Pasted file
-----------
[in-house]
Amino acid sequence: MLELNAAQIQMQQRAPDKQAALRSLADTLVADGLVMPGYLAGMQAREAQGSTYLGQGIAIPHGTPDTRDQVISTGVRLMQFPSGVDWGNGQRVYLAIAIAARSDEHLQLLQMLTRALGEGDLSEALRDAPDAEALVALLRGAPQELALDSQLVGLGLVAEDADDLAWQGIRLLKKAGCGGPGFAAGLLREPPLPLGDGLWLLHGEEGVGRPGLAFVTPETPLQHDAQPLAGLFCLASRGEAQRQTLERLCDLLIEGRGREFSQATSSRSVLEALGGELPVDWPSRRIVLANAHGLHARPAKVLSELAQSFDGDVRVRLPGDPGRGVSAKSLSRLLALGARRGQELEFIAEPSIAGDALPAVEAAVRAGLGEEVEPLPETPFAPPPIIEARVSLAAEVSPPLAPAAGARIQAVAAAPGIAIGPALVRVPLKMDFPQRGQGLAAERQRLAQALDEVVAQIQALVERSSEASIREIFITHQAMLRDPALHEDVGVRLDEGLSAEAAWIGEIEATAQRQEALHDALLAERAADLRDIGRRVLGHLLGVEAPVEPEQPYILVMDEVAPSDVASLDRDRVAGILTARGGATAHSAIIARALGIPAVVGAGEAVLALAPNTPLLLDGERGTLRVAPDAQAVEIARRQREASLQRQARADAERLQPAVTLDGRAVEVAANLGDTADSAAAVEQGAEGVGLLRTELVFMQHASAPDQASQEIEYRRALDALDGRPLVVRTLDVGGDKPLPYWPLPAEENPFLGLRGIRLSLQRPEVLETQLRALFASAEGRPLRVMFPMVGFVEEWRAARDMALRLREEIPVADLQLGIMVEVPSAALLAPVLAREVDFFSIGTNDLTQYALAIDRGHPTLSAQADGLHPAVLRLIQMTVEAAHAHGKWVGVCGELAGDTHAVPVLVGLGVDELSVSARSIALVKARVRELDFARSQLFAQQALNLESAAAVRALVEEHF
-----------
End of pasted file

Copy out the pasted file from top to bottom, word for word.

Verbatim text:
[in-house]
Amino acid sequence: MLELNAAQIQMQQRAPDKQAALRSLADTLVADGLVMPGYLAGMQAREAQGSTYLGQGIAIPHGTPDTRDQVISTGVRLMQFPSGVDWGNGQRVYLAIAIAARSDEHLQLLQMLTRALGEGDLSEALRDAPDAEALVALLRGAPQELALDSQLVGLGLVAEDADDLAWQGIRLLKKAGCGGPGFAAGLLREPPLPLGDGLWLLHGEEGVGRPGLAFVTPETPLQHDAQPLAGLFCLASRGEAQRQTLERLCDLLIEGRGREFSQATSSRSVLEALGGELPVDWPSRRIVLANAHGLHARPAKVLSELAQSFDGDVRVRLPGDPGRGVSAKSLSRLLALGARRGQELEFIAEPSIAGDALPAVEAAVRAGLGEEVEPLPETPFAPPPIIEARVSLAAEVSPPLAPAAGARIQAVAAAPGIAIGPALVRVPLKMDFPQRGQGLAAERQRLAQALDEVVAQIQALVERSSEASIREIFITHQAMLRDPALHEDVGVRLDEGLSAEAAWIGEIEATAQRQEALHDALLAERAADLRDIGRRVLGHLLGVEAPVEPEQPYILVMDEVAPSDVASLDRDRVAGILTARGGATAHSAIIARALGIPAVVGAGEAVLALAPNTPLLLDGERGTLRVAPDAQAVEIARRQREASLQRQARADAERLQPAVTLDGRAVEVAANLGDTADSAAAVEQGAEGVGLLRTELVFMQHASAPDQASQEIEYRRALDALDGRPLVVRTLDVGGDKPLPYWPLPAEENPFLGLRGIRLSLQRPEVLETQLRALFASAEGRPLRVMFPMVGFVEEWRAARDMALRLREEIPVADLQLGIMVEVPSAALLAPVLAREVDFFSIGTNDLTQYALAIDRGHPTLSAQADGLHPAVLRLIQMTVEAAHAHGKWVGVCGELAGDTHAVPVLVGLGVDELSVSARSIALVKARVRELDFARSQLFAQQALNLESAAAVRALVEEHF